What can I do about it?

Managing your tinnitus

There are several strategies that can be very helpful in managing tinnitus. Learn more about them or read our overview:

At night

If you are having difficulty getting off to sleep, it may be that the shift from a relatively noisy daytime environment to the quietness of the bedroom makes the tinnitus noises more noticeable. Some people find having some low level sound can help mask tinnitus. This is often referred to as sound therapy.

You can find out more information on what to do at night if you have tinnitus, including a list of dos and don’ts at bedtime, on our tinnitus and sleep disturbance page.

Correcting any hearing loss

If your tinnitus is accompanied by any hearing loss, then trying to correct this loss with hearing aids is often very helpful for managing tinnitus. You can find out more about how this can help on our hearing aids page.


Techniques such as Cognitive Behavioural Therapy (CBT) can be helpful, either as a standalone therapy or combined with sound therapy. CBT can help you manage the effect that tinnitus has on your life by offering techniques that can help you deal with anxiety and distress. It helps you understand your thought process in relation to the condition so that your thoughts can become more positive.

Cognitive behavioural programmes will usually involve tracking thoughts and making notes on when tinnitus is creating the greatest disturbance to you and what you were thinking at the time. You’ll then discuss your thoughts and be challenged and supported on changing your thought processes for the better.

Therapy sessions can be carried out on a one-to-one or group session and could be with a clinical psychologist, psychotherapist or specially trained audiologist. If you would like more information on whether counselling could be a positive option for you and how you can go about receiving counselling, contact our Tinnitus Support Team on 0800 018 0527.


Exercise helps the body achieve a higher level of well-being and in most cases this helps people to ignore and cope with their tinnitus more easily, as well as helping them to sleep better.

If you are not used to exercise, begin gently with a brisk walk or a swim. Choose somewhere quiet to walk if you find the traffic stressful, although some people with tinnitus seek out noisy places to reduce its intrusiveness. Try to do a range of exercises to improve strength, cardiovascular fitness, suppleness and flexibility.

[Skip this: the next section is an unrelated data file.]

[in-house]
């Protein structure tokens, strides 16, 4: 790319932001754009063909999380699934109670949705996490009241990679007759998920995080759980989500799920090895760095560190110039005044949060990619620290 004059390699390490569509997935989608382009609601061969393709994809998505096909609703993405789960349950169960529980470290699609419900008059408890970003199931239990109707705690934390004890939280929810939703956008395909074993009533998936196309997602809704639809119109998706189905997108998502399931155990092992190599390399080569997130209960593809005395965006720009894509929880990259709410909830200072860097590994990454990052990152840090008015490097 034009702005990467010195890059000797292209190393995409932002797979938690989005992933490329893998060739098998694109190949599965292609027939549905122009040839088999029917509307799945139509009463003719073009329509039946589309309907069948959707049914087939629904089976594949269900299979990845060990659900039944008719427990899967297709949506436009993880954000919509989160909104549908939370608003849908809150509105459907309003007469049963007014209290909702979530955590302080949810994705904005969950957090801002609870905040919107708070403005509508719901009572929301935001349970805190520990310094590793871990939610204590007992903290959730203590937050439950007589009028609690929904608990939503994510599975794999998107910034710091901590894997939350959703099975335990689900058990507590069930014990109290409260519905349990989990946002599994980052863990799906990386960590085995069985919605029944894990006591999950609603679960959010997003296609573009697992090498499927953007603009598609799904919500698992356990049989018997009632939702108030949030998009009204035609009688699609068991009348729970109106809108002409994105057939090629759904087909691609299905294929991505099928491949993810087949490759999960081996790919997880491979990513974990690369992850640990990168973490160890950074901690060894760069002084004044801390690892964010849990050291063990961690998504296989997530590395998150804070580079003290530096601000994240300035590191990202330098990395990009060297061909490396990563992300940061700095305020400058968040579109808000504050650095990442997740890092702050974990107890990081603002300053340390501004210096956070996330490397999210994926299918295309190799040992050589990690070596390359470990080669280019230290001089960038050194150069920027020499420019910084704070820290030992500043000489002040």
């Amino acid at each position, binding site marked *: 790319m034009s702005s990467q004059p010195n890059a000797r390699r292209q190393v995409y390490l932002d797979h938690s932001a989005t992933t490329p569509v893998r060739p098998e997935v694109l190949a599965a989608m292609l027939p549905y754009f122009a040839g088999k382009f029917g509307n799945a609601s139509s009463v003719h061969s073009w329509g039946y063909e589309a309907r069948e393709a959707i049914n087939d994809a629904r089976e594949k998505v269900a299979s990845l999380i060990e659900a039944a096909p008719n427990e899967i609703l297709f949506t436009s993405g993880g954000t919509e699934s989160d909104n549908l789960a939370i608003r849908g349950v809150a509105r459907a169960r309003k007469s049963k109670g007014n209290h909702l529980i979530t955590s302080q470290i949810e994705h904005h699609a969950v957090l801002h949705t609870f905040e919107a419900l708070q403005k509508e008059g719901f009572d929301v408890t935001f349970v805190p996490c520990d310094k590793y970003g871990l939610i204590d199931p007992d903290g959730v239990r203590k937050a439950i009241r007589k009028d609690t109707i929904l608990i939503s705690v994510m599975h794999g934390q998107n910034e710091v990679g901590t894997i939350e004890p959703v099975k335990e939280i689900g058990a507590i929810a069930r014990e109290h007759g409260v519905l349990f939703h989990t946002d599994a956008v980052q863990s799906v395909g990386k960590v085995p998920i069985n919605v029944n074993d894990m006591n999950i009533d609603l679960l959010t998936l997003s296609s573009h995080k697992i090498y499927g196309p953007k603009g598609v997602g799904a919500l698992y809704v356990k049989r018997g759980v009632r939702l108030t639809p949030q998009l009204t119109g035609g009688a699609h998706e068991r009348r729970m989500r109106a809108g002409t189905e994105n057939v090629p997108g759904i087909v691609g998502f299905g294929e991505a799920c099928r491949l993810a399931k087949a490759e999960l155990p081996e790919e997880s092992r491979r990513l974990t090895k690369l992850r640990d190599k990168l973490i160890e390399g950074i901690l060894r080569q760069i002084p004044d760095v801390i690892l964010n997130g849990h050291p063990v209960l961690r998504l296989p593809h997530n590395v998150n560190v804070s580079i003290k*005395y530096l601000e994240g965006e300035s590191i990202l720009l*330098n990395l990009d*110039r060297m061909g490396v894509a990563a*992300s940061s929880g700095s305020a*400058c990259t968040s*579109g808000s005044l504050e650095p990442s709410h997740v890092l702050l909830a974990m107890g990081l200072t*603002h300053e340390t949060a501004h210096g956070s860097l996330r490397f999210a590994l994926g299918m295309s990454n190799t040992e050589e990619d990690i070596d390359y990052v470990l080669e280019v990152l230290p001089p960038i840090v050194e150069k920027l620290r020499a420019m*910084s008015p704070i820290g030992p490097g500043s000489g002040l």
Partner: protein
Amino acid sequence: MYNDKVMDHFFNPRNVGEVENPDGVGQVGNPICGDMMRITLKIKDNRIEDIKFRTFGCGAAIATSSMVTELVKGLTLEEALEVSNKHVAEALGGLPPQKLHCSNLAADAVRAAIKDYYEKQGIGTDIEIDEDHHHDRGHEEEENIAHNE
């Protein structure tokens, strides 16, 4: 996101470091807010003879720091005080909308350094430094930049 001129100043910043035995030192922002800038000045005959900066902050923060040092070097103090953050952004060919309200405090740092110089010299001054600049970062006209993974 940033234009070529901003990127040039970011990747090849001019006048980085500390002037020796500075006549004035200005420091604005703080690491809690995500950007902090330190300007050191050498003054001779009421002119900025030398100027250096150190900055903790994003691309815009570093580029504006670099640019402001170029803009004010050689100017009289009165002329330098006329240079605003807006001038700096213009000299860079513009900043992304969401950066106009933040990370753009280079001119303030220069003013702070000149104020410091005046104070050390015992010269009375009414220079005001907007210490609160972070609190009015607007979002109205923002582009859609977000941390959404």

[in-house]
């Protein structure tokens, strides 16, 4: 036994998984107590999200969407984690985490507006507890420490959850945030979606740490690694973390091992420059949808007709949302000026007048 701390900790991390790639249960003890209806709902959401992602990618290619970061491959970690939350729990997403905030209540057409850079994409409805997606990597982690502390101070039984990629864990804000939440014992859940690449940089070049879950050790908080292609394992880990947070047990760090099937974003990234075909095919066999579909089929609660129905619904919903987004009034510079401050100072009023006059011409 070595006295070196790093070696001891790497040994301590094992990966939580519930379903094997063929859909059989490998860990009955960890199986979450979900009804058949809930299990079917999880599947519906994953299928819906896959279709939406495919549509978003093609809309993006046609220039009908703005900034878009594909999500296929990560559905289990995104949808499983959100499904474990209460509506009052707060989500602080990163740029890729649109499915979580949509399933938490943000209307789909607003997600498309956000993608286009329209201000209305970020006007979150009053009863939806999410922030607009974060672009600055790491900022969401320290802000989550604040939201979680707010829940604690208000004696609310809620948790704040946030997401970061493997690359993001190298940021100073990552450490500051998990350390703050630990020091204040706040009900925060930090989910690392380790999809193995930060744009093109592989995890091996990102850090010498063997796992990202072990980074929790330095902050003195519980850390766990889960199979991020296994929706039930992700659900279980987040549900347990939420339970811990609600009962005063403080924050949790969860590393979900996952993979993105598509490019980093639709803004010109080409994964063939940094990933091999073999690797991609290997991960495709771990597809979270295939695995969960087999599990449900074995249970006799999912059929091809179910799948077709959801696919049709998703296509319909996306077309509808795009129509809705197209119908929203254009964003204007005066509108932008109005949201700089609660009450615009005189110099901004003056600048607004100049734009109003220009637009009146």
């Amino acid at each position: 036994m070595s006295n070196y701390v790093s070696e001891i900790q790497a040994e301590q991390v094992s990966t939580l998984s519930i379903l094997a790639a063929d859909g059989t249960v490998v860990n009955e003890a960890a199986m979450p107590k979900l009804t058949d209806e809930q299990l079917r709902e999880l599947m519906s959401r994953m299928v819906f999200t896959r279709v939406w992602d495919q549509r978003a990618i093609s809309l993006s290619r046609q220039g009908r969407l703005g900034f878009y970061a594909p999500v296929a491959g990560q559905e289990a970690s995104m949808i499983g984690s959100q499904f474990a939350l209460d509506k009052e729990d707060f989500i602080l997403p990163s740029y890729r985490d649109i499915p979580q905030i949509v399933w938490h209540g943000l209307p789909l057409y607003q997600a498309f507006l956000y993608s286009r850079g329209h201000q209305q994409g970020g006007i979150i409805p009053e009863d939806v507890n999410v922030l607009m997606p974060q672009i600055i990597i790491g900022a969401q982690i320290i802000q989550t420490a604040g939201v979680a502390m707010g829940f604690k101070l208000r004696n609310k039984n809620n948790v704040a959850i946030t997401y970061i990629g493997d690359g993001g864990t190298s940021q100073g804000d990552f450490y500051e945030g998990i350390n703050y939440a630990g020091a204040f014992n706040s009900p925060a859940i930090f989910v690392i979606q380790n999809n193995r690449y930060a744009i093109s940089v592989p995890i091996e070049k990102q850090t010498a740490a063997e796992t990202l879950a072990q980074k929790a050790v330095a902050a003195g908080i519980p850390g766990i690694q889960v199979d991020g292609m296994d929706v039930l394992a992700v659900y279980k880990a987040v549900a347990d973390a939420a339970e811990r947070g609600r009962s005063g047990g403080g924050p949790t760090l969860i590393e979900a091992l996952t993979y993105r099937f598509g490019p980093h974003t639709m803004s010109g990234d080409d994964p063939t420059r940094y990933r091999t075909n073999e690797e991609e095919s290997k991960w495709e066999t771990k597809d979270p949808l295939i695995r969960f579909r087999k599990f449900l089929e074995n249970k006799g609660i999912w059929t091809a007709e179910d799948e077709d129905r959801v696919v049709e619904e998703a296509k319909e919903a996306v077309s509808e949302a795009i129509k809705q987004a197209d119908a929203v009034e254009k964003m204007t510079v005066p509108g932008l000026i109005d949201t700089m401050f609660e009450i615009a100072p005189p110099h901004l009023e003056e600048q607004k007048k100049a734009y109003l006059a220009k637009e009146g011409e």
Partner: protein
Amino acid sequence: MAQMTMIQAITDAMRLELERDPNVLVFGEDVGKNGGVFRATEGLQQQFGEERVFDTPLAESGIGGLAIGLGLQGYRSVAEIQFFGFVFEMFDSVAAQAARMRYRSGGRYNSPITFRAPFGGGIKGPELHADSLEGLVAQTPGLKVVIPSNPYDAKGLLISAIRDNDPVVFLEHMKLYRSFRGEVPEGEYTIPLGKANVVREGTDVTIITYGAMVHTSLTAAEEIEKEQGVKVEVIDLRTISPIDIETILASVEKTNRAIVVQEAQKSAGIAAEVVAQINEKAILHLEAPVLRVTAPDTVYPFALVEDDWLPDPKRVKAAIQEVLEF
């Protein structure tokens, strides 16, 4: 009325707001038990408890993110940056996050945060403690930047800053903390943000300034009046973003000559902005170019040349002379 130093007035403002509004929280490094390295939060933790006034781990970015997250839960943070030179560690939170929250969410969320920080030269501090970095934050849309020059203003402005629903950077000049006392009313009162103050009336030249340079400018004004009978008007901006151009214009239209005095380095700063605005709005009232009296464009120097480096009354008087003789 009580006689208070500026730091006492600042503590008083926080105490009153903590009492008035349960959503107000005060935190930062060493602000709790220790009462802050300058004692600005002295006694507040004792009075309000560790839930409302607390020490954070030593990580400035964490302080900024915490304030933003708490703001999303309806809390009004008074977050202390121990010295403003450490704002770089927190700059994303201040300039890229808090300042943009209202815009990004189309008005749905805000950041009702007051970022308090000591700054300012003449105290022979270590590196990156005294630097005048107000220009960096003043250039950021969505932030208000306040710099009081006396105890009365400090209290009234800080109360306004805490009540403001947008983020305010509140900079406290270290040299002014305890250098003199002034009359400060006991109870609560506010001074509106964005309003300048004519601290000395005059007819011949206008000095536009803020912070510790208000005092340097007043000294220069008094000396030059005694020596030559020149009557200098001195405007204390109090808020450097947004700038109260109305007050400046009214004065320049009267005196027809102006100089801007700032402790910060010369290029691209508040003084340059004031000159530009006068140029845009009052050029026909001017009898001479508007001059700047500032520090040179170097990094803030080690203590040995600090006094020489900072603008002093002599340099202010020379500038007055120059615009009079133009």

If you’re someone who suffers from tinnitus, you will probably feel better when you find out more about the condition. That is very common and you are not alone. There’s plenty of great information on this website, including our range of information leaflets, and don’t forget to check out Take on Tinnitus, our e-learning portal! Educating yourself is a great way to manage tinnitus and you’ll find everything you need online.

Join the BTA

BTA Members hear all about all the latest progress in research from our magazine Quiet, and tell us they are reassured by the stories of others with tinnitus that we feature. Members also get discounts on products to help them cope with their tinnitus.

Keep active

If your mind is occupied with something absorbing, it is easier to forget about tinnitus. Work, leisure pursuits and other interests can all help to provide a worthwhile focus.

Personal contact

It can often be very helpful to talk to someone who understands how you are feeling, who can reassure you about anxieties you may have and answer your questions. The BTA helpline on 0800 018 0527 is available to offer support, and can provide details of local groups and information days.


Learning to relax properly is one of the best ways to help yourself. Many people who practise regular relaxation techniques say they reduce the loudness of their tinnitus and help them become indifferent to their noises. They also help break down the vicious cycle of stress and anxiety that many people find accompanies their tinnitus. Why not try tai chi, qi gong, yoga, meditation or one of our relaxation CDs?

See your GP

Tinnitus is rarely an indication of a serious disorder, but it is wise to see your doctor if you think you have it. Your GP will be able to refer you to specialist Ear, Nose and Throat (ENT) and Audiology services.

After seeing your GP, you may wish to visit our e-learning portal, Take on Tinnitus, to help you find out more about managing your tinnitus.

Sound therapy

If the noises seem louder at quiet times, particularly during the night, it may help to have some environmental or natural sound from a CD, a sound generator, or even a fan or ticking clock in the background. Some people use in-ear sound generators. This is often referred to as sound therapy.

Take on Tinnitus

We have an online resource for people with tinnitus: Take on Tinnitus. It has been developed for people who have just begun to experience tinnitus but it is useful for anyone with the condition.

It is designed so it can be used on mobile phones, tablets or computers, includes an initial taster session followed by seven learning modules covering the fundamentals of tinnitus, hearing and tinnitus, benefits of using sound, the link between tinnitus and relaxation, sleep and tinnitus, the benefits of talking about it and living your life with tinnitus.

Each module takes just 10-15 minutes to complete and includes a range of interactive exercises, video clips and self-tests all designed to keep you engaged in your learning.

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